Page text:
Our fair state may be known as the Land of 10,000 Lakes but not all of those lakes have the best water quality, and we now know the most polluted bodies of water here in Minnesota.

When it comes to lakes, it's tough to beat us here in Minnesota, right? And while our famous slogan says there are 10,000 lakes in our state, the Minnesota Department of Natural Resources (DNR) points out that Minnesota is actually home to 11,842 lakes. (I'm not sure why we don't update that slogan; maybe it's because the slogan 'Land of 11,842 Lakes' isn't as catchy.)

But not all of them are filled with those crystal blue waters we usually associate with heading up north to the lake in Minnesota. In fact, several bodies of water are routinely classified as polluted and land on the DNR's list of the Most Impaired Waters.

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According to the DNR, a body of water is considered “impaired” if it fails to meet one or more water quality standards. Minnesota water quality standards protect lakes, rivers, streams, and wetlands by defining how much of a pollutant can be in the water before it is no longer drinkable, swimmable, fishable, or useable in other ways.

The DNR recently published its proposed list of impaired waters for 2024, adding 199 impairments over 54 water bodies. There are a LOT of lakes, rivers and streams included on the list (you can check it out HERE.) But here are some of the lakes included, thanks to a study by the Metropolitan Council a few years back:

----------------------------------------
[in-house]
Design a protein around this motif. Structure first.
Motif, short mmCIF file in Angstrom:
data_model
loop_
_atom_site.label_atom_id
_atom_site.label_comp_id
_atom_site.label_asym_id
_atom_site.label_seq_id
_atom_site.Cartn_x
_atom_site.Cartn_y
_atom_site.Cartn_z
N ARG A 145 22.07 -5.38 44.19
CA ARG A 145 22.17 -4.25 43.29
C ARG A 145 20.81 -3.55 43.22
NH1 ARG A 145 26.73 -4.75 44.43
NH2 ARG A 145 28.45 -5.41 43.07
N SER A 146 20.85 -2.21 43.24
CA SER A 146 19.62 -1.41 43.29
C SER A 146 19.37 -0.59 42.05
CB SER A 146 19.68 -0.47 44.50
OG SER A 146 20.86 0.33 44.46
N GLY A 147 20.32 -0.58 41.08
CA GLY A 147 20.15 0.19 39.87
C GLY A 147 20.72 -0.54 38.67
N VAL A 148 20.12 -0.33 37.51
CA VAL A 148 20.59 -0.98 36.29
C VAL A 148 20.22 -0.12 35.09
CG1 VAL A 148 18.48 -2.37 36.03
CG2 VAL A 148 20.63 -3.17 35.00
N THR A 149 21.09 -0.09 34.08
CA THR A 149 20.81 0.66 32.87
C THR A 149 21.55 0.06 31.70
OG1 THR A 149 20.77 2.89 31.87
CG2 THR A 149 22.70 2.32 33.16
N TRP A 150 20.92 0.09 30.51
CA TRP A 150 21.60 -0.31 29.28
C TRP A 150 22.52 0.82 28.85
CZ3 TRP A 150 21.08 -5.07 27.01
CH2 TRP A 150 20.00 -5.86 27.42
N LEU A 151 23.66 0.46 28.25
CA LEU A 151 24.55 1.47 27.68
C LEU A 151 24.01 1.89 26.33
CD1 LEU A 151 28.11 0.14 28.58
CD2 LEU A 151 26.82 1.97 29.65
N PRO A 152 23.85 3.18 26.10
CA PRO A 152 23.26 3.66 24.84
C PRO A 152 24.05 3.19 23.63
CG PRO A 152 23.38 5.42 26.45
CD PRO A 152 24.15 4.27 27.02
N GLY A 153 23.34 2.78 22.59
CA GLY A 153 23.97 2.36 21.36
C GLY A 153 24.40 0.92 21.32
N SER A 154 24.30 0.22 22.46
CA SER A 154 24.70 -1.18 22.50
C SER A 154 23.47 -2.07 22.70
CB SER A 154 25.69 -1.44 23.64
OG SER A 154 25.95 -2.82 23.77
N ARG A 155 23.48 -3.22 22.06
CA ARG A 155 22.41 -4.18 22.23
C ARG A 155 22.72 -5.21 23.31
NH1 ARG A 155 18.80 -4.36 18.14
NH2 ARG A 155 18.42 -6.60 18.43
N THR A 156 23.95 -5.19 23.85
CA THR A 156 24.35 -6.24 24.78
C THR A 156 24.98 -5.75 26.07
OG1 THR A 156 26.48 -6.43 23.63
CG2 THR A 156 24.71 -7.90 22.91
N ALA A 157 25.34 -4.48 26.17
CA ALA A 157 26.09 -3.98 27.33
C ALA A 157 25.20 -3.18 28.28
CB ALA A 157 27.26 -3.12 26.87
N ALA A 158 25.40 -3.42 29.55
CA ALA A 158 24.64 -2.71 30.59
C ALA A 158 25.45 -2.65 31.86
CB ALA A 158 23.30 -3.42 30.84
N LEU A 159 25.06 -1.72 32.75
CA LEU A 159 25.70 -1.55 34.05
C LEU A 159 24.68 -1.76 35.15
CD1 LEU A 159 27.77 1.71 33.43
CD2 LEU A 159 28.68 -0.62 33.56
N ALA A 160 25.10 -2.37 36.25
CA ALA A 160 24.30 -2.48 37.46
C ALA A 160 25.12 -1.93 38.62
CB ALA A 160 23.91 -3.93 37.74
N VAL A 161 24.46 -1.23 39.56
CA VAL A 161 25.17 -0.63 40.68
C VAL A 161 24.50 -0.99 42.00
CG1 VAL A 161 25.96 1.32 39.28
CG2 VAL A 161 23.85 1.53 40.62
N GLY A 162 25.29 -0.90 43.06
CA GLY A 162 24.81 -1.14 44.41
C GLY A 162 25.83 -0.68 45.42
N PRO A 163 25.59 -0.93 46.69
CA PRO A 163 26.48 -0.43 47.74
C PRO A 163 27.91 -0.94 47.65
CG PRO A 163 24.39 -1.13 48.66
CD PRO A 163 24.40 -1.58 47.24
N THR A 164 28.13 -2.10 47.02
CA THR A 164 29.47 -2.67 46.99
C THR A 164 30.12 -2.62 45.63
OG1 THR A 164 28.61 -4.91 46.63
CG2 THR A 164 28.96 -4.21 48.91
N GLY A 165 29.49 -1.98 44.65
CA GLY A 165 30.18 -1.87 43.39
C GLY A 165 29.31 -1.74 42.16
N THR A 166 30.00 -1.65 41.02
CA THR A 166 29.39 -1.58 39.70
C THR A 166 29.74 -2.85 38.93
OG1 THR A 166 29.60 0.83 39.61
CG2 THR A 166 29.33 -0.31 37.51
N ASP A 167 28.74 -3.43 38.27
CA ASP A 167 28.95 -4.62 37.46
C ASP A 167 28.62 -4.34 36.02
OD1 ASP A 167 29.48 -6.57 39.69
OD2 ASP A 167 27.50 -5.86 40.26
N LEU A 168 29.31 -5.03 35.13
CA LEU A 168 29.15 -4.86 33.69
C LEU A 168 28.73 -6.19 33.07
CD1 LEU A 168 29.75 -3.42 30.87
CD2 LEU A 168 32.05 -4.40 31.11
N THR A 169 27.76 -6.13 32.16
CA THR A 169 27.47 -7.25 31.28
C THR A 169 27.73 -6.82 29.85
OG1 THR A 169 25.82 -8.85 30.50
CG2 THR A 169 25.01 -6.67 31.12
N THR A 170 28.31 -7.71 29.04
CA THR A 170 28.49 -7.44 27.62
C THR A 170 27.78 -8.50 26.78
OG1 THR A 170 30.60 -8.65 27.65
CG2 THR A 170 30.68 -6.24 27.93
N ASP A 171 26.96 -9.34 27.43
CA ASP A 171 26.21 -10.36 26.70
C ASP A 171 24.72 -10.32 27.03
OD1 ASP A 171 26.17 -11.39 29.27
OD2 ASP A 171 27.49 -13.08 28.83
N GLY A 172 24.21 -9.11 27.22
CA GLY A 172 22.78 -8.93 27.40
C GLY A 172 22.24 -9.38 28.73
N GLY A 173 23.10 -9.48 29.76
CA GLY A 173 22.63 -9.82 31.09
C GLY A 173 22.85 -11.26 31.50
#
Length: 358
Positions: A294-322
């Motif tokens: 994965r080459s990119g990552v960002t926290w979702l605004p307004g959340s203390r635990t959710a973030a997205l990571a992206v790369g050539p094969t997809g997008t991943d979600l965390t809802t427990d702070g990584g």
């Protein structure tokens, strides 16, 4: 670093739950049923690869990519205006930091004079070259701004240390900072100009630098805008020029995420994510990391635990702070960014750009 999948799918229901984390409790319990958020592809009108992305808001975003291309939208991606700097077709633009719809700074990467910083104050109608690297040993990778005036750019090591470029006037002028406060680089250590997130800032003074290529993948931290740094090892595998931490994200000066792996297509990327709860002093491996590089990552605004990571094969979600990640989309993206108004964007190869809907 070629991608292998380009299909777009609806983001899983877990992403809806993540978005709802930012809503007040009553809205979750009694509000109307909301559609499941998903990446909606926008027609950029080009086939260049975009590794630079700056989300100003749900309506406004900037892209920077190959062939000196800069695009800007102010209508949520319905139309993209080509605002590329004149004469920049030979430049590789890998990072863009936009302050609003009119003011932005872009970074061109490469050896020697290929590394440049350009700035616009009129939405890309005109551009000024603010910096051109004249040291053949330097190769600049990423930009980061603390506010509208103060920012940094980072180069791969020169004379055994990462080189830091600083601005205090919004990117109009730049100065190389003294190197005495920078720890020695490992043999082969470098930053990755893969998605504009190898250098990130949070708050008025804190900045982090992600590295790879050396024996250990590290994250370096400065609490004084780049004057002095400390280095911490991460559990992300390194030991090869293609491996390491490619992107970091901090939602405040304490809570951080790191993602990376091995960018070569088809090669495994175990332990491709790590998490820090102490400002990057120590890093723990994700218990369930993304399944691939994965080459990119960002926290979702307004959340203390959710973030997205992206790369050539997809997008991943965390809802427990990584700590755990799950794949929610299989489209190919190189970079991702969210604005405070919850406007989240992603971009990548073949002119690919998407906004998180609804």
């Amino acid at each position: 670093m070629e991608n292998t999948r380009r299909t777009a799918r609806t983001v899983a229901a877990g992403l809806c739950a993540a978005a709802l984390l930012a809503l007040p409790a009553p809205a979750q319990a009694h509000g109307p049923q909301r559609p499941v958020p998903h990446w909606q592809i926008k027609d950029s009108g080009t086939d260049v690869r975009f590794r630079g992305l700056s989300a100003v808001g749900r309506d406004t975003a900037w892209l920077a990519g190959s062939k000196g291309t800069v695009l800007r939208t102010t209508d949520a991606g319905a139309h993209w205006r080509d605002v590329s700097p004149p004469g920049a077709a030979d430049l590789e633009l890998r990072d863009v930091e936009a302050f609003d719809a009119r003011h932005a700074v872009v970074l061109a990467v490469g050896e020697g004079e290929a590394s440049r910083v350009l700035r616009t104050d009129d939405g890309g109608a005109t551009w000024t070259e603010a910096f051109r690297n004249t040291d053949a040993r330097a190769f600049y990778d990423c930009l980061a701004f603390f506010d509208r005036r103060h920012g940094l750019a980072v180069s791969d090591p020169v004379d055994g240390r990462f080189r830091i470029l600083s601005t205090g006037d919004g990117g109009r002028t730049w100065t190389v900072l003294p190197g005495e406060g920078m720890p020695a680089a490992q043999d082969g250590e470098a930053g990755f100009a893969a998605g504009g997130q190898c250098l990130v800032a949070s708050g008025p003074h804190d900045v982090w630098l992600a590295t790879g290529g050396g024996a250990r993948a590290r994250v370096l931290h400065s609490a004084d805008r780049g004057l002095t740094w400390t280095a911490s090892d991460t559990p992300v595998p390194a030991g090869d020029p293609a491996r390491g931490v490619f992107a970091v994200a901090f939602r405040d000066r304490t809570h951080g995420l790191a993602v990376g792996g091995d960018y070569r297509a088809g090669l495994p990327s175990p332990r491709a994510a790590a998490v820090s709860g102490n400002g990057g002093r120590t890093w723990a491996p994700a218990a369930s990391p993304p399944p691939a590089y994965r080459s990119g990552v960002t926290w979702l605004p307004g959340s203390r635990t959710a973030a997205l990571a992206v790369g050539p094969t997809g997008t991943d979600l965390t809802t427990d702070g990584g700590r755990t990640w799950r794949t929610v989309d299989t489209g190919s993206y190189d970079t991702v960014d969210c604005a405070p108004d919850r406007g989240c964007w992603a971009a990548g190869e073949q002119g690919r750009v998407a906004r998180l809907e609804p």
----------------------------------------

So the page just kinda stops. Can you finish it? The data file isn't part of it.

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  • Meuwissen Lake, west of Chaska,
  • Chub Lake, south of Lakeville,
  • Lake Augusta in Mendota Heights,
  • Lake Maria in Wright County,
  • Hazeltine Lake in Chaska.

The listing also includes Lake Pepin (which is actually a part of the Mississippi River) thanks to issues with pollution due to high sediment runoff. And Lake Phalen in St. Paul is another waterway that's had a history of questionable water quality, thanks to forever chemicals

Luckily though, the DNR says 27 bodies of water and 15 lakes were removed from the list this year. Like Kohlman Lake, in the Ramsey-Washington Metro Watershed District which improved thanks to more than 20 years of restoration efforts. listings for improved water quality.

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